and you will implement search algorithms to solve it.Step 0 1 2 Expand (Pop) Oradea Sibiu 3 Rimnicu Vilcea Priority Queue: 4 Fagaras 5 Pitesti 6 Bucharest City Oradea Sibiu Zerind Rimnicu Vilcea Fagaras Zerind Arad Fagaras Pitesti Zerind Craiova Arad Pitesti Zerind Bucharest Craiova Arad Bucharest Zerind Craiova Arad goal reached! g 0 151 71 231 250 71 291 250 328 71 377 291 328 71 461 377 291 429 71 377 291 h 380 253 374 193 176 374 366 176 100 374 160 366 100 374 0 160 366 0 374 160 366 f 380 404 445 424 426 445 657 426 428 445 537 657 428 445 461 537 657 429 445 537 657 5. Balls are removed when they are jumped according to the following rules. we would randomly generate 1 start state. What algorithms are the following special cases equivalent to? EXPLAIN YOUR ANSWER. The input format will 3 . the jumped ball is removed from the board. You can play the game at http://www. Be sure to play in Remover mode instead of Color Life mode. The objective is to remove all but one ball from the board. At each step. (2 points) In local beam search with k = 1. In this problem. (c) Simulated annealing with T = 0 at all times (and omitting the termination test). You will be provided with several example input and output ﬁles for testing your implementation. This can be seen a random walk. and retain the 1 best state. (2 points) In this case. (2 points) If T is inﬁnitesimally small. and continue. provided that an empty space is on the other side of the line). The inital board has some conﬁguration of colored balls with at least one empty space. This is equivalent to hill-climbing. This is equivalent to breadth-ﬁrst search. we stop. 6. Additionally. so the crossover step does nothing. and move to that state if it is better than the current state. we will consider a version of this game.htm to get a sense of the rules. This is equivalent to ﬁrst-choice hill climbing. Our version can use grids of various sizes with diﬀerent numbers of colors. If we think of the mutation step as selecting a successor at random. This means that we choose a successor state randomly k times.2ﬂashgames. they can be jumped and removed together (by a diﬀerent colored ball. Otherwise. (b) Local beam search with one initial state and no limit on the number of states retained. Column Jump is a game played on a grid with balls of diﬀerent colors. there is no guarantee that the successor is an improvement over the parent. we start at the initial state and generate all successor states (no limit on how many). (2 points) The selection step necessarily chooses the single population member twice.com/f/f-354. If one of those is a goal. (a) Local beam search with k = 1. we would generate all the successors. (d) Genetic algorithm with population size N = 1. the probability of accepting an arbitrary neighbor with lower value approaches 0. If a ball of one color jumps over a diﬀerent colored ball to an empty space. we generate all successors of those states (2 steps from the inital state). if multiple balls of the same color are in a line.

3) (4.3) (1.1) (4.3) (2. For example.4) (3. The second line is the number of colors.4) (4.be a text ﬁle.2) (4.txt. (5 points) Some possibilities: • • • • The number of diﬀerent colors on the board minus one.4) (1.2) (4. There should be one move on each line. the output ﬁle for the input given above looks like this: (2.txt) in terms of running time and solution length. One is a matrix with the same format as the input ﬁle: one entry for every space on the board. (d) Implement depth-ﬁrst search to solve the Column Jump puzzle. The ﬁrst line of the ﬁle is the size of the (square) grid. testExample2. Describe the heuristic you are using for A*. with zeros for empty spaces and a diﬀerent number for each color. where a move is represented by two locations on the grid with (row.4) (4.3) (3. an input ﬁle might look like this: 4 3 1 2 3 0 2 1 1 2 2 3 3 3 1 2 2 0 Your output should contain the series of moves required to solve the puzzle.1) (2.3) (1.4) (4.txt has an optimal solution length of 11 moves.1) (4. with 0 representing an empty space.3) (1. Number of lone balls (surrounded by spaces).2) (4.1) (4. (5 points) testExample1. testExample3. min(non-empty columns.2) (4.2) (1.1) (1. (c) Give two admissible heuristics for this problem. This is followed by characters representing the colors in each location of the grid.2) (3. non-empty rows) A ﬁxed zero.1) (3.txt has an optimal solution length of 8 moves. The grid locations follow this convention: (1.2) (2. 4 .4) (1.4) (1. (15 points) (f) Compare the performance of depth-ﬁrst search and A* search on the examples provided (testExample1.1) (4. (2 points) There are many possibilities.column) numbers.1) (1.txt.4) (2.3) (1. (15 points) (e) Implement A* search to solve the Column Jump puzzle.4) So. testExample2.1) (a) How many diﬀerent possible game states are there for the 7x7 version of this puzzle? (2 points) Acceptable answers: 749 749 − 1 (excluding the empty board) 749 − 1 − 649 (also excluding all full boards) (b) Deﬁne a state representation.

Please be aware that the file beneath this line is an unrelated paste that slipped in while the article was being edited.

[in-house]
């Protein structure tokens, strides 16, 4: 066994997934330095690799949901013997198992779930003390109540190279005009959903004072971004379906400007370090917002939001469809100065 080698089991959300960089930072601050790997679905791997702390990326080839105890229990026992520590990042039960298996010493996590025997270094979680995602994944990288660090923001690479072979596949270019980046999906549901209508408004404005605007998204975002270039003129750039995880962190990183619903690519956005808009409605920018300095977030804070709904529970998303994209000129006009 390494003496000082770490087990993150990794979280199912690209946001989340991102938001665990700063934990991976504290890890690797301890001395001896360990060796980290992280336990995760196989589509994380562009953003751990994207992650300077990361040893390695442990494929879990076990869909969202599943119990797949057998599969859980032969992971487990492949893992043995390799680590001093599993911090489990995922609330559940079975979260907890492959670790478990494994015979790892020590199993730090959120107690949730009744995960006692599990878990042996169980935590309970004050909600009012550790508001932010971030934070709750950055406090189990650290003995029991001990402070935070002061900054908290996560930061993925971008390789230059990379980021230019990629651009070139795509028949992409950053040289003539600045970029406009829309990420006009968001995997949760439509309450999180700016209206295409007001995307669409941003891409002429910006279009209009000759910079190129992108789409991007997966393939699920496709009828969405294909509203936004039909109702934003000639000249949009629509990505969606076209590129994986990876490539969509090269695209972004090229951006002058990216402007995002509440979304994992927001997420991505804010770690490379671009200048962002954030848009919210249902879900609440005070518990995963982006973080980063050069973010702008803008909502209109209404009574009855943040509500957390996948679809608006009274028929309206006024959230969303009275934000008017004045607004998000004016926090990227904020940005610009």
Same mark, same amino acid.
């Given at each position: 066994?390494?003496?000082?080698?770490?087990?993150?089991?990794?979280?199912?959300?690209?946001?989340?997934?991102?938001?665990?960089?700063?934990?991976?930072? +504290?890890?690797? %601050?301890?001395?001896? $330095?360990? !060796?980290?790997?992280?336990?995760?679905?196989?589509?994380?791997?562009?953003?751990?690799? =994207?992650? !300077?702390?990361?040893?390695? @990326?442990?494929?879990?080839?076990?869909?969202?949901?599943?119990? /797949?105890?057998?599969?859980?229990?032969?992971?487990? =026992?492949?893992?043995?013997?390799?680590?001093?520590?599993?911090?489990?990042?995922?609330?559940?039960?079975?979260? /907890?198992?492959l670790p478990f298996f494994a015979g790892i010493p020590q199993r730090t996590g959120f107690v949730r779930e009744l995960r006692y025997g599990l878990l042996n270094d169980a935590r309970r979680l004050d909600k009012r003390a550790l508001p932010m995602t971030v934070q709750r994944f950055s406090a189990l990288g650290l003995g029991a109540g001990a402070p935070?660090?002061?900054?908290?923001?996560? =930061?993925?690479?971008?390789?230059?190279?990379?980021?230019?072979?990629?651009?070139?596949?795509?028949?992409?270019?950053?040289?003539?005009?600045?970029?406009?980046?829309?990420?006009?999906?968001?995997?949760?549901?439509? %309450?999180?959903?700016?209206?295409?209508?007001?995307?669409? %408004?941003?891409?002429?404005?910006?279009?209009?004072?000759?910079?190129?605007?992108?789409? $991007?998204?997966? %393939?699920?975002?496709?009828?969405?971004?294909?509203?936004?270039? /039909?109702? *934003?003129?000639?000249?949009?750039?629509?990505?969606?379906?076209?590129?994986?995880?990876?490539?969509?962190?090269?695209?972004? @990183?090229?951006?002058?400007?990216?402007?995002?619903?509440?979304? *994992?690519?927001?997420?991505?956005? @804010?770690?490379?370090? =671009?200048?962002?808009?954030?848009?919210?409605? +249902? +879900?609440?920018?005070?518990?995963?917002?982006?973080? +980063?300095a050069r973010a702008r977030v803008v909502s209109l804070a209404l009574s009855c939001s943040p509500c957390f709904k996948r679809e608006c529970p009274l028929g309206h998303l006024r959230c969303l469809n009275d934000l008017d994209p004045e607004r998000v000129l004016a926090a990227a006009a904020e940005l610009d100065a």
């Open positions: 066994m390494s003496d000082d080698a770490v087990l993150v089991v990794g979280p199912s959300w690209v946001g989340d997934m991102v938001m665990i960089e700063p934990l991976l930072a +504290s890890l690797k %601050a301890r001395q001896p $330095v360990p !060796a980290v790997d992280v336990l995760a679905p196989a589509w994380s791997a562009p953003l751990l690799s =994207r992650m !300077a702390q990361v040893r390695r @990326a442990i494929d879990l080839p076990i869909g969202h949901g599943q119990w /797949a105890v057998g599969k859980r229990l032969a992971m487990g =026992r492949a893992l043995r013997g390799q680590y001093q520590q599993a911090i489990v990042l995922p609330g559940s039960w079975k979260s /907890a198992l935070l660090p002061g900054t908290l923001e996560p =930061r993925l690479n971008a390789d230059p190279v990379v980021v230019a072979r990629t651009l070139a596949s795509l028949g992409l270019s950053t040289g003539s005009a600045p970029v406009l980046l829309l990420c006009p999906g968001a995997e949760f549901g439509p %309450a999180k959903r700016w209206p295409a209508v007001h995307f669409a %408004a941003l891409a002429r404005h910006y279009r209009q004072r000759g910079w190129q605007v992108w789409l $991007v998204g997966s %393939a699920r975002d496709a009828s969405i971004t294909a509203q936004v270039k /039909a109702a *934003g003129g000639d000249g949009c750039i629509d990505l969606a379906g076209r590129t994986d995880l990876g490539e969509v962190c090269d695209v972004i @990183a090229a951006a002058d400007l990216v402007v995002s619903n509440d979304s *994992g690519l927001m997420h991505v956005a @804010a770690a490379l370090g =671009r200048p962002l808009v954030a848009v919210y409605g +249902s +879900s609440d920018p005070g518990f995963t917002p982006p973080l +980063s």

5 . most of which are not reachable from the start state. (h) Would bidirectional search be useful in this domain? Why or why not? (3 points) No. Your A* implementation should have found these optimal lengths. bidirectional search would not be useful because the branching factor of backward search is much higher than forward search in this domain.testExample3. DFS might not have found optimal solutions. (g) How would you expect the performance of iterative-deepening search to compare to depth-ﬁrst search in this domain? (3 points) IDS could ﬁnd optimal solutions in cases where DFS does not.txt has an optimal solution length of 9 moves. There are many possible goal states (any board with a single ball of any color in any position) and many states that could lead to those goal states.